Brabantine Gothic, occasionally called Brabantian Gothic, is a significant variant of Gothic architecture that is typical for the Low Countries. It surfaced in the first half of the 14th century at Saint Rumbold's Cathedral in the City of Mechelen.
- Two centuries of Brabantine Gothic design
- Adaptations in Holland and of Zeeland
- Ecclesiastical buildings
- Secular buildings
Reputed architects such as Jean d'Oisy, Jacob van Thienen, Everaert Spoorwater, Matheus de Layens, and the Keldermans and De Waghemakere families disseminated the style and techniques to cities and towns of the Duchy of Brabant and beyond. For churches and other major buildings, the tenor prevailed and lasted throughout the Renaissance.
Brabantine Gothic, in a Low Countries context also referred to as High Gothic, differs from the earlier introduced Scheldt Gothic, which typically had the main tower above the crossing of a church, maintained Romanesque horizontal lines, and applied blue-gray stone quarried from the vicinity of Tournai at the river Scheldt that allowed its transportation in particular in the old County of Flanders.
Mosan Gothic (Meuse Gothic) refers to the river Maas (or Meuse, borrowed from French), mainly in the south-eastern parts of the Low Countries: the modern provinces of Limburg in the Netherlands, Limburg in Flanders, and Liège in Wallonia. Though of a later origin than Scheldt Gothic, it also still showed more Romanesque features, including smaller windows. Marlstone was used, and around the capitals on limestone columns are sculptured leaves of irises.
Two centuries of Brabantine Gothic design
Surface conditions and available materials varied. Larger churches could take centuries of building during which expertise and fashions caused successive architects to evolve further from the original plans. Or, Romanesque churches became rebuilt in phases of dismantling and replacing, as (apart from its crypt) Saint Bavo's Cathedral in Ghent: the early 14th-century chancel is influenced by northern French and Scheldt Gothic, a century later a radiating chapel appeared, and between 1462 and 1538 the mature Brabantine Gothic west tower was erected; the nave was then still to be finished. Though few buildings are of an entirely consistent style, the ingenuity and craftsmanship of architects could realize a harmonious blend. The ultimate concepts were drawn centuries after the earliest designs. It follows that Brabantine Gothic style is neither homogeneous, nor strictly defined.
The Brabantine Gothic style originated with the advent of the Duchy of Brabant and spread across the Burgundian Netherlands. Besides minor influences by the High Cathedral of Saints Peter and Mary in Cologne, the architecture builds on the classic French Gothic style as practiced in the construction of cathedrals such as those in Amiens and Reims.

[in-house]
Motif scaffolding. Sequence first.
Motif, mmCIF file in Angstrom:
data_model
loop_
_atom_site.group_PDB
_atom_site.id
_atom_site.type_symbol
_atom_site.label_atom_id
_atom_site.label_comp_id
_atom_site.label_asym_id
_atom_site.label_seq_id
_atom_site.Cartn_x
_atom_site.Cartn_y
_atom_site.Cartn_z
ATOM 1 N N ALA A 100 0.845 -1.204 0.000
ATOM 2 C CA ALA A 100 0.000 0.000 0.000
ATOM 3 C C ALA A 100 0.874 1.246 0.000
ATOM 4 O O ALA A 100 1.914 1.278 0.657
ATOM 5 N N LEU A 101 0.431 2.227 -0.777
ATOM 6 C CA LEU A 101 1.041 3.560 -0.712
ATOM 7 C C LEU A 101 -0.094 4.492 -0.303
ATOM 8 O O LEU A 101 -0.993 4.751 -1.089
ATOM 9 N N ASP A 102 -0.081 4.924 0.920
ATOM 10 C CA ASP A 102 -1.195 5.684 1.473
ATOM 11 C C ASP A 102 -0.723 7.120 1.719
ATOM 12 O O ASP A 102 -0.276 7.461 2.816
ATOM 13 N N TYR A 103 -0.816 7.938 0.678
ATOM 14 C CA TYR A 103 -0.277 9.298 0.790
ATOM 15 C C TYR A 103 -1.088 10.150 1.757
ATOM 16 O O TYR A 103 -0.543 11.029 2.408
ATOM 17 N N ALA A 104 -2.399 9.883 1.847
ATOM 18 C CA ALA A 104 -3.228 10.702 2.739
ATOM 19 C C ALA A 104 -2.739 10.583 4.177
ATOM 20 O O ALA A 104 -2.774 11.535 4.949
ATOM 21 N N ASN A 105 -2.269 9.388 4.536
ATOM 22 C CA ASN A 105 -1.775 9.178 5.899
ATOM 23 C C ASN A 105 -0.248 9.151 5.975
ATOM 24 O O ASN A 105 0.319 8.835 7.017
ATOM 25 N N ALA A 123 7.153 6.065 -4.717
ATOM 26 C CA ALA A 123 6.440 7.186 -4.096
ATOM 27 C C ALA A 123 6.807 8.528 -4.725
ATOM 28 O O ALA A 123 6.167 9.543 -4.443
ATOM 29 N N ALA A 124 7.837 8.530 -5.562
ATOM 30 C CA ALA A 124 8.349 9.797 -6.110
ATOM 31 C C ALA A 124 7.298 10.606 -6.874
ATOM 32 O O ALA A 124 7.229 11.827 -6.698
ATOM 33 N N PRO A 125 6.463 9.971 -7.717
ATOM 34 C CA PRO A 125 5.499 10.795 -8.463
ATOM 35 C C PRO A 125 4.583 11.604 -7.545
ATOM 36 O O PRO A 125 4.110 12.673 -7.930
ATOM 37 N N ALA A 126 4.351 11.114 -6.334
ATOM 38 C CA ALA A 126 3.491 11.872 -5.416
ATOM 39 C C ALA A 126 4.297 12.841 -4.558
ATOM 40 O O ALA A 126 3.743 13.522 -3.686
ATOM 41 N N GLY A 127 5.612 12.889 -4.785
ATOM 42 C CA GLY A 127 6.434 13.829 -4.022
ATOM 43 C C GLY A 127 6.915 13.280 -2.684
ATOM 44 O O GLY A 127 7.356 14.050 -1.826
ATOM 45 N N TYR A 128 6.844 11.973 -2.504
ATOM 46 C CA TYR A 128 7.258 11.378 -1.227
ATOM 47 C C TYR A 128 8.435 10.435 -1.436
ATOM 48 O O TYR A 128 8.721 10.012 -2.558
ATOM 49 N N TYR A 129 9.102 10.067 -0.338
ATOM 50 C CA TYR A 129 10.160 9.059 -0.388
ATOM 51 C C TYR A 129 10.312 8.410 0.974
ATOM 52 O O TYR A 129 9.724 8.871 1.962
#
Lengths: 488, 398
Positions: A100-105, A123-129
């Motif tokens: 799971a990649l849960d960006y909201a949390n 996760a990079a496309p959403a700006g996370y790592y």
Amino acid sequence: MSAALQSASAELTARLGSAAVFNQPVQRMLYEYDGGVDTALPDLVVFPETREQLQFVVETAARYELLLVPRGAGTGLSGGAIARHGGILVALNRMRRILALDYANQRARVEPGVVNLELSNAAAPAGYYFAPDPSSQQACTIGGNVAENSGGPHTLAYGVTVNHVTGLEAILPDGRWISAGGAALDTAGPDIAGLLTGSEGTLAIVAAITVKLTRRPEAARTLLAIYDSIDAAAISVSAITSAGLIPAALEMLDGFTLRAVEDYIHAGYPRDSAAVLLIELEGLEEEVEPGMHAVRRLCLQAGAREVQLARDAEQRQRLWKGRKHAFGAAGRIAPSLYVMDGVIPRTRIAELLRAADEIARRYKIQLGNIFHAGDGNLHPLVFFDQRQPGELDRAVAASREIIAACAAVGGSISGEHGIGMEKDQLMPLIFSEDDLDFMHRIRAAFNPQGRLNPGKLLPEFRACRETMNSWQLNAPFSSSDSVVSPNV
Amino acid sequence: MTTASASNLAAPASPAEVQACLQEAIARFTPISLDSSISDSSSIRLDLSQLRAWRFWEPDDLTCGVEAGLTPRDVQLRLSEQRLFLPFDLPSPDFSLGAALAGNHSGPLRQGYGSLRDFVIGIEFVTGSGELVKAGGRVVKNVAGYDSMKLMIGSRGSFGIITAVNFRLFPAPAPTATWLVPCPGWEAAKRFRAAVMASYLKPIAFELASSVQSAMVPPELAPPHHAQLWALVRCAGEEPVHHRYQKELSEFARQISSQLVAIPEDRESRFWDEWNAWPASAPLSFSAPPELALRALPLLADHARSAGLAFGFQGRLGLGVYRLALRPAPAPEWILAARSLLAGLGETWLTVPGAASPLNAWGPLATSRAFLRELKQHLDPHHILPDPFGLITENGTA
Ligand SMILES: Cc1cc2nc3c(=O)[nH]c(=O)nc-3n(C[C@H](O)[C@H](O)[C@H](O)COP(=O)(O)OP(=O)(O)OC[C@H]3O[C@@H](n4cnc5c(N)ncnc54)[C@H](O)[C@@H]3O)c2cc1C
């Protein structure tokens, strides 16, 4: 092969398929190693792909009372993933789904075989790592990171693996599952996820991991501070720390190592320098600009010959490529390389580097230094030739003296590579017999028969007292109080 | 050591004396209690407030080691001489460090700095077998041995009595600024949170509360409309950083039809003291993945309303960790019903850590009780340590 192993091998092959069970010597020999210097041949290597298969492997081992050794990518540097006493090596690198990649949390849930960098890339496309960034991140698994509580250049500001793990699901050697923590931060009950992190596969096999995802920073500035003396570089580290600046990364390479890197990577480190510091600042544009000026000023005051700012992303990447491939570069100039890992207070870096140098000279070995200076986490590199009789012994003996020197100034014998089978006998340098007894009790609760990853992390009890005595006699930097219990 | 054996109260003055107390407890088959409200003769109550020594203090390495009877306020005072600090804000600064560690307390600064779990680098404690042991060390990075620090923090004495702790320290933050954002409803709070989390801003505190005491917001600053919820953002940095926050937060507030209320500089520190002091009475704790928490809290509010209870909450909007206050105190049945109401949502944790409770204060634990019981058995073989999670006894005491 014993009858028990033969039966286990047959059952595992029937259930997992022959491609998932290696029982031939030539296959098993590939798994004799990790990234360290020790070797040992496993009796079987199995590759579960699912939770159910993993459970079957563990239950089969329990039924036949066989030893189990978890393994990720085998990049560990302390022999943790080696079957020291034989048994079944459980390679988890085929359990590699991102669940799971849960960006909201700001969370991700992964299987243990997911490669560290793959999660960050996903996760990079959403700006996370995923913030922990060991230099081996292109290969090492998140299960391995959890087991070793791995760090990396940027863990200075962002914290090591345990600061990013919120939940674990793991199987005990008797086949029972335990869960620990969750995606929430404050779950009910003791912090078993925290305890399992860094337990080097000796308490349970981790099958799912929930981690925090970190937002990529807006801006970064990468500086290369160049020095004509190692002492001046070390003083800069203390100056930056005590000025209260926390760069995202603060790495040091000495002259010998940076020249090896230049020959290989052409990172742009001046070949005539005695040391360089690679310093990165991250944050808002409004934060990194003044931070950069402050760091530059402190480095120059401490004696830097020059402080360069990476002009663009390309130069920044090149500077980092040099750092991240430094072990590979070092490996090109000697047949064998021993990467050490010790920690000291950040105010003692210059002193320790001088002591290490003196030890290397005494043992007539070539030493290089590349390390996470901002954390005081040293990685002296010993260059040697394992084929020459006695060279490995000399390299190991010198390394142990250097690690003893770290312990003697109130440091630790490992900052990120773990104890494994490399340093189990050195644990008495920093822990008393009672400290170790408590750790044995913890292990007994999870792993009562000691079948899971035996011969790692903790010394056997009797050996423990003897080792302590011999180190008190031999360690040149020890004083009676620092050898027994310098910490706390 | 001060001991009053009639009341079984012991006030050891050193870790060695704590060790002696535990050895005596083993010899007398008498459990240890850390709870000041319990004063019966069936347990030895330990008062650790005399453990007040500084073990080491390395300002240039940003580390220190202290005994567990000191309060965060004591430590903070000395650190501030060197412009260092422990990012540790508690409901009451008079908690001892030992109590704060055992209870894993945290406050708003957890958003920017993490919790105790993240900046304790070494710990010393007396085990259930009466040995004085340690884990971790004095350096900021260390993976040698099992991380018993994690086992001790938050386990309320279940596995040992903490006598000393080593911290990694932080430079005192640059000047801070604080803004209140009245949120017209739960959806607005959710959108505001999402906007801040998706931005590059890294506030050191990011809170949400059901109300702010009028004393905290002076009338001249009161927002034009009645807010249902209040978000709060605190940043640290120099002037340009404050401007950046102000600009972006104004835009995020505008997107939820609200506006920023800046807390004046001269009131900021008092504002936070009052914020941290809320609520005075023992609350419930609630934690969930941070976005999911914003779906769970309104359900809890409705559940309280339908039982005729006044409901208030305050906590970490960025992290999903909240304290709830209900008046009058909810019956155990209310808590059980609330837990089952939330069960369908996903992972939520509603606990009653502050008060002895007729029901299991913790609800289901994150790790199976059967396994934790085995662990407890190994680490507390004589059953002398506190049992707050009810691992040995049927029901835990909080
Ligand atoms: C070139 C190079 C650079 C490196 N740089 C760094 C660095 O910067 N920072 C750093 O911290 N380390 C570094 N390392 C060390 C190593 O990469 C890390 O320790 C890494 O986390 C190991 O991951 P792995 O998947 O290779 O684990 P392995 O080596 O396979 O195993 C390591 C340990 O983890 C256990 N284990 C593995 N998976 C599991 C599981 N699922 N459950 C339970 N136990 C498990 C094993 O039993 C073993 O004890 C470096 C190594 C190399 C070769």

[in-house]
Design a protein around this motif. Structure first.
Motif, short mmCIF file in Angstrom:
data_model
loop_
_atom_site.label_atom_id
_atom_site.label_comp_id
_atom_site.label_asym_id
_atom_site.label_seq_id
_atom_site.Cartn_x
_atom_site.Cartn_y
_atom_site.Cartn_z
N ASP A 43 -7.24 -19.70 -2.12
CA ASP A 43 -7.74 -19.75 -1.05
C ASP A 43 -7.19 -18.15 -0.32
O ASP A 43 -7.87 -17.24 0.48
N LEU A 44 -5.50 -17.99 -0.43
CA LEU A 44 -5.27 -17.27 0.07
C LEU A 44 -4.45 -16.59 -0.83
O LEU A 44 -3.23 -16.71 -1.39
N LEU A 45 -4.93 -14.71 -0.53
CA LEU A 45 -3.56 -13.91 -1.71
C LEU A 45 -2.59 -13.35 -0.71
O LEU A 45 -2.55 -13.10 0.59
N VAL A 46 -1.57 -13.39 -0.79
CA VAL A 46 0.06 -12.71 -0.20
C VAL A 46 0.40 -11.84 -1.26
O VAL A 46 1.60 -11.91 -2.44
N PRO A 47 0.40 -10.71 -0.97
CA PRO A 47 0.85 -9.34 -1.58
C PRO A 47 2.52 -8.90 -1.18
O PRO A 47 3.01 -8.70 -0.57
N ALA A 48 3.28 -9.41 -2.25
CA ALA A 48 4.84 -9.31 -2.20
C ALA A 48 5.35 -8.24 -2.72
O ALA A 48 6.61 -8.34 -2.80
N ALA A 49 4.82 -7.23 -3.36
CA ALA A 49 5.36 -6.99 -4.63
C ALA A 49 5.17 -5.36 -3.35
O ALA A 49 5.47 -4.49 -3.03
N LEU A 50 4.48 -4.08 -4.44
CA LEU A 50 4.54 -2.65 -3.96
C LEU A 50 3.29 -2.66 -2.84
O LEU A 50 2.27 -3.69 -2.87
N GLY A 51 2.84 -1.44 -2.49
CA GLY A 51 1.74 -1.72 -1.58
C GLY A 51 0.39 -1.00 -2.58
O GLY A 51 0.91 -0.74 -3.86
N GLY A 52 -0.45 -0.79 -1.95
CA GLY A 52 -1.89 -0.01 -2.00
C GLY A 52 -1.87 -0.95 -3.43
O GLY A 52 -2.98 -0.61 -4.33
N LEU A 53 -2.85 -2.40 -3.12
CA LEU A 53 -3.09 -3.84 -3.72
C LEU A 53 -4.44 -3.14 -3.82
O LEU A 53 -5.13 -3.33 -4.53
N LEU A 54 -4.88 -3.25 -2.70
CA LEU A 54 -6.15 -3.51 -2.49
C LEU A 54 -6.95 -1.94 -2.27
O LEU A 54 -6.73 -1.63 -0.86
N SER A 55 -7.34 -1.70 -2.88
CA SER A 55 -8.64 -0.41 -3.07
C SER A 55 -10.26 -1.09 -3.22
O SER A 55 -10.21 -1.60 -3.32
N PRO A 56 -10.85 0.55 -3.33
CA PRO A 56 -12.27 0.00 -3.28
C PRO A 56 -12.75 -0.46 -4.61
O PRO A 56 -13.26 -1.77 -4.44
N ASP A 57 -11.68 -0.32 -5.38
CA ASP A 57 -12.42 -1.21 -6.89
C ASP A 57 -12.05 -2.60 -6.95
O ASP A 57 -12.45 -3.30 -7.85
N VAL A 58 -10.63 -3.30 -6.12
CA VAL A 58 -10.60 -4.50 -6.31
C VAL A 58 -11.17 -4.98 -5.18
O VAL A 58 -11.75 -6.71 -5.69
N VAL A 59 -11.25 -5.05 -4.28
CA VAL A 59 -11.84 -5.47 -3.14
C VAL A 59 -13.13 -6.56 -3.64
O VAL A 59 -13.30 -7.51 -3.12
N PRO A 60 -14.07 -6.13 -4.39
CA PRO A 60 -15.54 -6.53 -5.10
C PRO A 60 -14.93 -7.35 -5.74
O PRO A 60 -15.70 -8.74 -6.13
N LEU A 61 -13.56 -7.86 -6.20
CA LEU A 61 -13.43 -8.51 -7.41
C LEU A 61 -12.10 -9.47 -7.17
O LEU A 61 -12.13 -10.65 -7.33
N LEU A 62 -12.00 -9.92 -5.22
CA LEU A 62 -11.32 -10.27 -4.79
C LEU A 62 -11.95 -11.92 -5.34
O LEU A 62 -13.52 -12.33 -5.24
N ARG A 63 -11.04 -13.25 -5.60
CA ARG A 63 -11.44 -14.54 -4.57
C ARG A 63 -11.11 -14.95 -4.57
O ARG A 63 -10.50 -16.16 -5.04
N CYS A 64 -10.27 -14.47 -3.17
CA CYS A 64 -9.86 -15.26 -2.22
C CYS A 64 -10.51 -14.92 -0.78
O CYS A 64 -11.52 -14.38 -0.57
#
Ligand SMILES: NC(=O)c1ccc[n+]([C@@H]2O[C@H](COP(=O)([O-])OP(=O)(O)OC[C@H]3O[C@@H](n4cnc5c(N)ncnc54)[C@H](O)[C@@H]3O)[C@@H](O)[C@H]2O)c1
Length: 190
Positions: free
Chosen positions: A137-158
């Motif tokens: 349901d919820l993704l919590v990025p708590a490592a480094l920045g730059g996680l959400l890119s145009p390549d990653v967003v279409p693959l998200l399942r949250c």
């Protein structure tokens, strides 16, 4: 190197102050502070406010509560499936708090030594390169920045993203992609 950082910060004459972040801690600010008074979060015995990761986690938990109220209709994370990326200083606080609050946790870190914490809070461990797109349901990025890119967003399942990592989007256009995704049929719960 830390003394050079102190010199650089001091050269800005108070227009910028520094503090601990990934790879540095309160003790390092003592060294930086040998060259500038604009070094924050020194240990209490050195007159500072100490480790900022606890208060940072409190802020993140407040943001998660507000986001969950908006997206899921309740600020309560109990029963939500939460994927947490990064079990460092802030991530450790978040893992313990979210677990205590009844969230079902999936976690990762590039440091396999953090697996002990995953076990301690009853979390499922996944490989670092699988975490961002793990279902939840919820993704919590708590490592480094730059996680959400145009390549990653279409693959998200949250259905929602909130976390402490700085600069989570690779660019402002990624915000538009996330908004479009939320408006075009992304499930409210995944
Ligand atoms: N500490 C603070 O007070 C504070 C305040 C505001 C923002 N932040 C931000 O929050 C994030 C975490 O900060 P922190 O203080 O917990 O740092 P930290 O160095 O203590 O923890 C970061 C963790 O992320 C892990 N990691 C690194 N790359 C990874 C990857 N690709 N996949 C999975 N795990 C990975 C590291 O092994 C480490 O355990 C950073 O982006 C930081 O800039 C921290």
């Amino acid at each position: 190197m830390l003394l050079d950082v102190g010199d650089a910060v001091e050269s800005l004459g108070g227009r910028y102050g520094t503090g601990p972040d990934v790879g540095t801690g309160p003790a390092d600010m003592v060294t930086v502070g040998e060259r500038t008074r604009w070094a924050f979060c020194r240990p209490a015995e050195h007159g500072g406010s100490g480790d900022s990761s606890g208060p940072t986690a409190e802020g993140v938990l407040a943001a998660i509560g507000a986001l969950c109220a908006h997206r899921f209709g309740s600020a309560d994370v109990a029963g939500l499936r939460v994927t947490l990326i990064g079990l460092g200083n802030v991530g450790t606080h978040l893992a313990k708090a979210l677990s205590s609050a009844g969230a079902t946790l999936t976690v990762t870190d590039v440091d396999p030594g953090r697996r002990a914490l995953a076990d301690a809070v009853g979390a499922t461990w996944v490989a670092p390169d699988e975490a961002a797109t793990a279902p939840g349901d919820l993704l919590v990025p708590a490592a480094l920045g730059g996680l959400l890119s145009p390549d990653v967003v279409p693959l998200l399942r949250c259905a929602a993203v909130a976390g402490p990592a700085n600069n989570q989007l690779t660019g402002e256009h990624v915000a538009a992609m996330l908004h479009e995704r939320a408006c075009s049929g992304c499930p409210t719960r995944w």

The structure of the church buildings in Brabant was largely the same: a large-scale cruciform floor plan with three-tier elevation along the nave and side aisles (pier arches, triforium, clerestory) and a choir backed by a half-round ambulatory. The slender tallness of the French naves however, was never surpassed, and the size tended to be slightly more modest.
It is characterized by using light-coloured sandstone or limestone, which allowed rich detailing but is erosion-prone. The churches typically have round columns with cabbage foliage sculpted capitals. From there half-pillar buttresses continue often without interruption into the vault ribs. The triforium and the windows of the clerestory generally continue into one another, with the windows taking the entire space of the pointed arch. An ambulatory with radiating chapels (chevet) is part of the design (though at the 15th-century choir in Breda added later on). Whereas the cathedrals in Brussels and Antwerp are notable exceptions, the main porch is straight under the single west tower, in French called clocher-porche.
An alternative type originated with the cathedral of Antwerp: instead of round columns with a capital impost, bundled pillars profiled in the columns continue without interruption through the ribs of vaults and arches – a style followed for churches in 's-Hertogenbosch and Leuven. In addition, the pier arches between nave and aisles are exceptionally wide, and the triforium is omitted. Instead, a transom of tracery is placed above the pier arches. This type was followed by other major churches in Antwerp city, St. Martin Church in Aalst, and St. Michael's Church in Ghent.
Demer Gothic in the Hageland and Campine Gothic are regional variants of Brabantine Gothic in the south-eastern part of the former duchy. Those styles can be distinguished merely by the use of local rust-brown bricks.
Brabantine Gothic city halls are built in the shape of gigantic box reliquaries with corner turrets and usually a belfry. The exterior is often profusely decorated.
Adaptations in Holland and of Zeeland
Many churches in the former Counties of Holland and of Zeeland are built in a style sometimes inaccurately separated as Hollandic and as Zeelandic Gothic. These are in fact Brabantine Gothic style buildings with concessions necessitated by local conditions. Thus (except for Dordrecht), because of the soggy ground, weight was saved by wooden barrel vaults instead of stone vaults and the flying buttresses required for those. In most cases, the walls were made of bricks but cut natural stone was not unusual.
Everaert Spoorwater played an important role in spreading Brabantine Gothic into Holland and Zeeland. He perfected a method by which the drawings for large constructions allowed ordering virtually all natural stone elements from quarries on later Belgian territory, then at the destination needing merely their cementing in place. This eliminated storage near the construction site, and the work could be done without the permanent presence of the architect.